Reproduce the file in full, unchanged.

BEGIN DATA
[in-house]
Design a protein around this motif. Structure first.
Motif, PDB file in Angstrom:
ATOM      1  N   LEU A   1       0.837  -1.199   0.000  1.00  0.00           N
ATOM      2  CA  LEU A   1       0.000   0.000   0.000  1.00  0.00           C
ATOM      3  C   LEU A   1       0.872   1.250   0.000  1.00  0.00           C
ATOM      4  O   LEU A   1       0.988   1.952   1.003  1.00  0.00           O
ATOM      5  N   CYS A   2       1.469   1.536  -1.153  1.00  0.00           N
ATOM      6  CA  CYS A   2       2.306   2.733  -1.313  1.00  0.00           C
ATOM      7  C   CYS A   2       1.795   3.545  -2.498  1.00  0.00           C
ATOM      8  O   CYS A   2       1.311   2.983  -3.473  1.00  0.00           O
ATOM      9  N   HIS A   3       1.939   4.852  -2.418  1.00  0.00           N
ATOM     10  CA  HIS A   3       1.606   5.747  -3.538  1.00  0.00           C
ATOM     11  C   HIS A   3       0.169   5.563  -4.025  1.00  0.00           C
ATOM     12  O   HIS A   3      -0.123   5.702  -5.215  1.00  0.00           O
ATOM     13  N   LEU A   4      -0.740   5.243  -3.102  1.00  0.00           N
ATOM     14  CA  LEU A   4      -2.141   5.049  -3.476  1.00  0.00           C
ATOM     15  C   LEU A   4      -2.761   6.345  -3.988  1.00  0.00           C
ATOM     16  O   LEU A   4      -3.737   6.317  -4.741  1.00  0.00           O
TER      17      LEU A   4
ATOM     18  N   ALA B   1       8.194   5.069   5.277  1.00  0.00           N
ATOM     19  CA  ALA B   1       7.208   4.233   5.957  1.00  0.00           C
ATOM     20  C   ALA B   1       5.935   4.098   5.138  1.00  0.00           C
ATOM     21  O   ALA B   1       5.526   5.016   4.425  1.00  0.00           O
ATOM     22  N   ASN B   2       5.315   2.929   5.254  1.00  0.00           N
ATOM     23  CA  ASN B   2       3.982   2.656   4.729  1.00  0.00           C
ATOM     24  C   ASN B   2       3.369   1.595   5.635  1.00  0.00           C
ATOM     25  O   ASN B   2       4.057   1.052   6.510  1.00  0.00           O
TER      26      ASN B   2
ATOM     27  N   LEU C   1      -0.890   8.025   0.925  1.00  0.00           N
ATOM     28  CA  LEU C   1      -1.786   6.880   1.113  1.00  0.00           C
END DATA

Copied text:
[in-house]
Design a protein around this motif. Structure first.
Motif, PDB file in Angstrom:
ATOM      1  N   LEU A   1       0.837  -1.199   0.000  1.00  0.00           N
ATOM      2  CA  LEU A   1       0.000   0.000   0.000  1.00  0.00           C
ATOM      3  C   LEU A   1       0.872   1.250   0.000  1.00  0.00           C
ATOM      4  O   LEU A   1       0.988   1.952   1.003  1.00  0.00           O
ATOM      5  N   CYS A   2       1.469   1.536  -1.153  1.00  0.00           N
ATOM      6  CA  CYS A   2       2.306   2.733  -1.313  1.00  0.00           C
ATOM      7  C   CYS A   2       1.795   3.545  -2.498  1.00  0.00           C
ATOM      8  O   CYS A   2       1.311   2.983  -3.473  1.00  0.00           O
ATOM      9  N   HIS A   3       1.939   4.852  -2.418  1.00  0.00           N
ATOM     10  CA  HIS A   3       1.606   5.747  -3.538  1.00  0.00           C
ATOM     11  C   HIS A   3       0.169   5.563  -4.025  1.00  0.00           C
ATOM     12  O   HIS A   3      -0.123   5.702  -5.215  1.00  0.00           O
ATOM     13  N   LEU A   4      -0.740   5.243  -3.102  1.00  0.00           N
ATOM     14  CA  LEU A   4      -2.141   5.049  -3.476  1.00  0.00           C
ATOM     15  C   LEU A   4      -2.761   6.345  -3.988  1.00  0.00           C
ATOM     16  O   LEU A   4      -3.737   6.317  -4.741  1.00  0.00           O
TER      17      LEU A   4
ATOM     18  N   ALA B   1       8.194   5.069   5.277  1.00  0.00           N
ATOM     19  CA  ALA B   1       7.208   4.233   5.957  1.00  0.00           C
ATOM     20  C   ALA B   1       5.935   4.098   5.138  1.00  0.00           C
ATOM     21  O   ALA B   1       5.526   5.016   4.425  1.00  0.00           O
ATOM     22  N   ASN B   2       5.315   2.929   5.254  1.00  0.00           N
ATOM     23  CA  ASN B   2       3.982   2.656   4.729  1.00  0.00           C
ATOM     24  C   ASN B   2       3.369   1.595   5.635  1.00  0.00           C
ATOM     25  O   ASN B   2       4.057   1.052   6.510  1.00  0.00           O
TER      26      ASN B   2
ATOM     27  N   LEU C   1      -0.890   8.025   0.925  1.00  0.00           N
ATOM     28  CA  LEU C   1      -1.786   6.880   1.113  1.00  0.00           C